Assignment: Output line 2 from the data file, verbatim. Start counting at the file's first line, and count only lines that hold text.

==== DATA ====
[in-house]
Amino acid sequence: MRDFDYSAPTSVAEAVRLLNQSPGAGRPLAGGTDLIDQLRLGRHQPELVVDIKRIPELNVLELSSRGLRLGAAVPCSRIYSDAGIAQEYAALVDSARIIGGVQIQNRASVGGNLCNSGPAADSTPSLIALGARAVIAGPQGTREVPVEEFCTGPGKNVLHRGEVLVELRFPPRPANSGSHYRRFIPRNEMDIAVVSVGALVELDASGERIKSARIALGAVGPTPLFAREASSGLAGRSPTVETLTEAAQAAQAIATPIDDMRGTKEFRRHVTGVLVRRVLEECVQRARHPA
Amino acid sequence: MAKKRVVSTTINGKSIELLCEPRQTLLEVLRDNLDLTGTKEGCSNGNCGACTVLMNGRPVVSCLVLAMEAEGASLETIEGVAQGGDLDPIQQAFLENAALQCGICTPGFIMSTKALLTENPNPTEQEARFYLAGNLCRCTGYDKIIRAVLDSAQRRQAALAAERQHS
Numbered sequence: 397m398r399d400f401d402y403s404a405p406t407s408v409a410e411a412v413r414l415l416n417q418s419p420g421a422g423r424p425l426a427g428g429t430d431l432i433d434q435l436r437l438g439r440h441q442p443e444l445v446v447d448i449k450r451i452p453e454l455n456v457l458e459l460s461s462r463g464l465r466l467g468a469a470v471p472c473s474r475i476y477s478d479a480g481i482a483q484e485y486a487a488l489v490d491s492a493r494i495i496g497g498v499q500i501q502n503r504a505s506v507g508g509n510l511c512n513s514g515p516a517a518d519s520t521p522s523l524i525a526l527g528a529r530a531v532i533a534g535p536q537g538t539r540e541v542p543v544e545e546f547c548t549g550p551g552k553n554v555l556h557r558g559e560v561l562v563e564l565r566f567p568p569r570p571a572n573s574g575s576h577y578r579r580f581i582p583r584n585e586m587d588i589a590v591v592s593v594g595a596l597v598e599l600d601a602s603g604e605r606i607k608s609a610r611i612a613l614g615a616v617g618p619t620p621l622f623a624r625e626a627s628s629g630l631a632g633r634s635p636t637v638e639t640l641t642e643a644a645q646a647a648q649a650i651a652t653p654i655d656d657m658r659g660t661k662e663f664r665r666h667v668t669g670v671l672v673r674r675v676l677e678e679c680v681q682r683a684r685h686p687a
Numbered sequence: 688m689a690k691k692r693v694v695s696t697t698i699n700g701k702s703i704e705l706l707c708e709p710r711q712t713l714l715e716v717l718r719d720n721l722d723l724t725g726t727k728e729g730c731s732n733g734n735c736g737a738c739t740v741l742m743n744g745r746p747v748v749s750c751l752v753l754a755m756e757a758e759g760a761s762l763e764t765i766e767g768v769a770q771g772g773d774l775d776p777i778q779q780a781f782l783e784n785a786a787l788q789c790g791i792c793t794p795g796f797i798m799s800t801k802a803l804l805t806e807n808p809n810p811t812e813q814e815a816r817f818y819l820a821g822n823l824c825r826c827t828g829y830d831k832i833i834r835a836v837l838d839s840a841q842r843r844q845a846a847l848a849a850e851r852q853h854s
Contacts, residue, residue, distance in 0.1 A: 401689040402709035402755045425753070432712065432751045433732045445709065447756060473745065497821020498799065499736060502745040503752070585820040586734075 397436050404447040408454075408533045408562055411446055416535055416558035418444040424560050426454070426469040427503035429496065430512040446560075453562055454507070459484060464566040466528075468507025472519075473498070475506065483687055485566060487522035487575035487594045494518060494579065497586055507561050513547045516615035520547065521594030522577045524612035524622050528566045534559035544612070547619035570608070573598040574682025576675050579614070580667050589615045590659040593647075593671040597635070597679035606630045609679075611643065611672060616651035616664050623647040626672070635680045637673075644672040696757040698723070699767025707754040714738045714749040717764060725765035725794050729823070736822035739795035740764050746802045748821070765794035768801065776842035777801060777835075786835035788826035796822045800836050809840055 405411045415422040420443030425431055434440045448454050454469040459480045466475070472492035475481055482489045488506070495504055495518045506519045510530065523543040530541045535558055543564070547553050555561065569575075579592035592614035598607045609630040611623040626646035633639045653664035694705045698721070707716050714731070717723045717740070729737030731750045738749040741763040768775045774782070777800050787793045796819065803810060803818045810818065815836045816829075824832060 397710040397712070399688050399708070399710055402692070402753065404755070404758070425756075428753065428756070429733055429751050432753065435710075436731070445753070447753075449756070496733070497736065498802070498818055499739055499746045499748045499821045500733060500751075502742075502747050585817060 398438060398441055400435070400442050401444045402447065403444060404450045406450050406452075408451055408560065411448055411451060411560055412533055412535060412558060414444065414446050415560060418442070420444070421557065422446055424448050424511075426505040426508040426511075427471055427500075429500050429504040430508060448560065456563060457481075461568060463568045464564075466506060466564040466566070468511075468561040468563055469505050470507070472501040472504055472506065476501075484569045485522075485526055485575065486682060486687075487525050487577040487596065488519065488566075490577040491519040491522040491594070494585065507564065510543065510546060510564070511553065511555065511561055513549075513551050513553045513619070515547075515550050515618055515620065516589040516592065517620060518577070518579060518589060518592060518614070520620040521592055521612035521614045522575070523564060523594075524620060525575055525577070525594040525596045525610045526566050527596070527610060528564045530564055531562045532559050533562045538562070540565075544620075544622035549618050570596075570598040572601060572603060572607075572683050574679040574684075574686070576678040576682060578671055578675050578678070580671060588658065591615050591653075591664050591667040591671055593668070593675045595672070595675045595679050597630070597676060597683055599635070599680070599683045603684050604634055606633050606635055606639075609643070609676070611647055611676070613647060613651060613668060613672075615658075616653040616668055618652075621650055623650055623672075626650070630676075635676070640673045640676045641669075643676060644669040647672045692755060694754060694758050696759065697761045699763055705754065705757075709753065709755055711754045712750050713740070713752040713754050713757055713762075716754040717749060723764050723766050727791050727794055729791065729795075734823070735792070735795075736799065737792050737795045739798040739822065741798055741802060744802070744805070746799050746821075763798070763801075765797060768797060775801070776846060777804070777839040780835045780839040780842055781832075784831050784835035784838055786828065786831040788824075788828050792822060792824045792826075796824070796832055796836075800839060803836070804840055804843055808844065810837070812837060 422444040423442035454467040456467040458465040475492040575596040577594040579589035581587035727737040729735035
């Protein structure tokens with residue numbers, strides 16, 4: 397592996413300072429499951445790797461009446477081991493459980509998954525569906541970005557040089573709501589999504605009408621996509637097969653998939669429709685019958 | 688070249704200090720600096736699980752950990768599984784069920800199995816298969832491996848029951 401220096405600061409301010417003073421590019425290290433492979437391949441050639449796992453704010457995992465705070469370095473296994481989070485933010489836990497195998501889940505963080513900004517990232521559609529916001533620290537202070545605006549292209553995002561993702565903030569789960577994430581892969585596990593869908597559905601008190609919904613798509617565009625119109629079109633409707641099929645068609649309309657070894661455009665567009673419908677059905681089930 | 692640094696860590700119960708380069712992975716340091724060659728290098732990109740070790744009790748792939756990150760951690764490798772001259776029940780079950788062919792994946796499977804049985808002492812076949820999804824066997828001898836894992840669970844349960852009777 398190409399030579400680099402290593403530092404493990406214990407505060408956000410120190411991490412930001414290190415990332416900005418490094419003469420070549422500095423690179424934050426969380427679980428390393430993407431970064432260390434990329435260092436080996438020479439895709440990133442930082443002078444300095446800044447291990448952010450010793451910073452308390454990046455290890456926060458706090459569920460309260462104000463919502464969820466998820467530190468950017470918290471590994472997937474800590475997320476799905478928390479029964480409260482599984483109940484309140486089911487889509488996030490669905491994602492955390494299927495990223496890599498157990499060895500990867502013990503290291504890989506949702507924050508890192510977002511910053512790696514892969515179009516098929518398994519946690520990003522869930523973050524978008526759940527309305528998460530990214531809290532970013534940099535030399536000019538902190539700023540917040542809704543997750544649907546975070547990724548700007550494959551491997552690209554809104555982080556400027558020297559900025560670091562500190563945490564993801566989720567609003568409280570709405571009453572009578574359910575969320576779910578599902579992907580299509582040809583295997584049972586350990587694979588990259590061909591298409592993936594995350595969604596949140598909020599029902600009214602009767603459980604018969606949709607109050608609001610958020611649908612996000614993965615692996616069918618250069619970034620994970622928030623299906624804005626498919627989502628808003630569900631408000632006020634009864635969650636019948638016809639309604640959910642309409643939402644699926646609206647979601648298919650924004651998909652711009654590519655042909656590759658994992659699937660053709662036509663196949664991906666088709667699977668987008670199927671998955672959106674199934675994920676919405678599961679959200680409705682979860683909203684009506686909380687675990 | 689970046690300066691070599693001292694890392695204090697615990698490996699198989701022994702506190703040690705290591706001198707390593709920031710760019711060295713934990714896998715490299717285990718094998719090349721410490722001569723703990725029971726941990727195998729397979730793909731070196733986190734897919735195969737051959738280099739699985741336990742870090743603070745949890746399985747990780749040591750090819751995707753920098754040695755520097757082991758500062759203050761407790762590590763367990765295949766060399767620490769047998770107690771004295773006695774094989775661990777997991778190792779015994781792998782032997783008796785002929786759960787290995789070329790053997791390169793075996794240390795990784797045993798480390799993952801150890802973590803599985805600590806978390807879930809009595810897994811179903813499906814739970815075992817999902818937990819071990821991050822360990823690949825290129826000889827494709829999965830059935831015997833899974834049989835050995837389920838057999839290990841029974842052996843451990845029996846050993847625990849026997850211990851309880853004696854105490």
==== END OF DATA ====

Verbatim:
Amino acid sequence: MRDFDYSAPTSVAEAVRLLNQSPGAGRPLAGGTDLIDQLRLGRHQPELVVDIKRIPELNVLELSSRGLRLGAAVPCSRIYSDAGIAQEYAALVDSARIIGGVQIQNRASVGGNLCNSGPAADSTPSLIALGARAVIAGPQGTREVPVEEFCTGPGKNVLHRGEVLVELRFPPRPANSGSHYRRFIPRNEMDIAVVSVGALVELDASGERIKSARIALGAVGPTPLFAREASSGLAGRSPTVETLTEAAQAAQAIATPIDDMRGTKEFRRHVTGVLVRRVLEECVQRARHPA